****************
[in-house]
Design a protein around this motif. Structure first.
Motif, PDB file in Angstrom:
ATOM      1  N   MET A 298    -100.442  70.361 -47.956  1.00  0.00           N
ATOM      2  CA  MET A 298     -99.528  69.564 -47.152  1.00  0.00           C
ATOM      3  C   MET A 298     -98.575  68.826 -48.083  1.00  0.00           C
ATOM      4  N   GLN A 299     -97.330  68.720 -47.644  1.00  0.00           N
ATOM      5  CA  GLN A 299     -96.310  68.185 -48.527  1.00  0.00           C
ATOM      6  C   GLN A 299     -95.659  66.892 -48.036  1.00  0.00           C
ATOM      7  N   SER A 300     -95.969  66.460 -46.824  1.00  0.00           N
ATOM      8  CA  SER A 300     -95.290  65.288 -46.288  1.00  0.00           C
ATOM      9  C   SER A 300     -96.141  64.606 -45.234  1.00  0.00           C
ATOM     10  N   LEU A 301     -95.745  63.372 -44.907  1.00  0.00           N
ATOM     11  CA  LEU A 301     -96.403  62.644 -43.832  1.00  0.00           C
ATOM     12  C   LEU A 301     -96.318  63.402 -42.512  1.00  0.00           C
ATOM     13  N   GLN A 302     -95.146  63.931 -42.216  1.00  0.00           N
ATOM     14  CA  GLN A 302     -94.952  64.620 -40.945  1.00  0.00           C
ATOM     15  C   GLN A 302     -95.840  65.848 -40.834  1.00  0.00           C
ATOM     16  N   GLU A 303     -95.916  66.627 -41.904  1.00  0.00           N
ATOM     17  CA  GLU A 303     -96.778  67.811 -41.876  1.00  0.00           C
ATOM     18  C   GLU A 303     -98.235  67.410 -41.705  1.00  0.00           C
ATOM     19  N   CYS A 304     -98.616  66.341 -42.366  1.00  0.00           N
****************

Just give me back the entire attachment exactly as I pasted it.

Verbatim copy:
[in-house]
Design a protein around this motif. Structure first.
Motif, PDB file in Angstrom:
ATOM      1  N   MET A 298    -100.442  70.361 -47.956  1.00  0.00           N
ATOM      2  CA  MET A 298     -99.528  69.564 -47.152  1.00  0.00           C
ATOM      3  C   MET A 298     -98.575  68.826 -48.083  1.00  0.00           C
ATOM      4  N   GLN A 299     -97.330  68.720 -47.644  1.00  0.00           N
ATOM      5  CA  GLN A 299     -96.310  68.185 -48.527  1.00  0.00           C
ATOM      6  C   GLN A 299     -95.659  66.892 -48.036  1.00  0.00           C
ATOM      7  N   SER A 300     -95.969  66.460 -46.824  1.00  0.00           N
ATOM      8  CA  SER A 300     -95.290  65.288 -46.288  1.00  0.00           C
ATOM      9  C   SER A 300     -96.141  64.606 -45.234  1.00  0.00           C
ATOM     10  N   LEU A 301     -95.745  63.372 -44.907  1.00  0.00           N
ATOM     11  CA  LEU A 301     -96.403  62.644 -43.832  1.00  0.00           C
ATOM     12  C   LEU A 301     -96.318  63.402 -42.512  1.00  0.00           C
ATOM     13  N   GLN A 302     -95.146  63.931 -42.216  1.00  0.00           N
ATOM     14  CA  GLN A 302     -94.952  64.620 -40.945  1.00  0.00           C
ATOM     15  C   GLN A 302     -95.840  65.848 -40.834  1.00  0.00           C
ATOM     16  N   GLU A 303     -95.916  66.627 -41.904  1.00  0.00           N
ATOM     17  CA  GLU A 303     -96.778  67.811 -41.876  1.00  0.00           C
ATOM     18  C   GLU A 303     -98.235  67.410 -41.705  1.00  0.00           C
ATOM     19  N   CYS A 304     -98.616  66.341 -42.366  1.00  0.00           N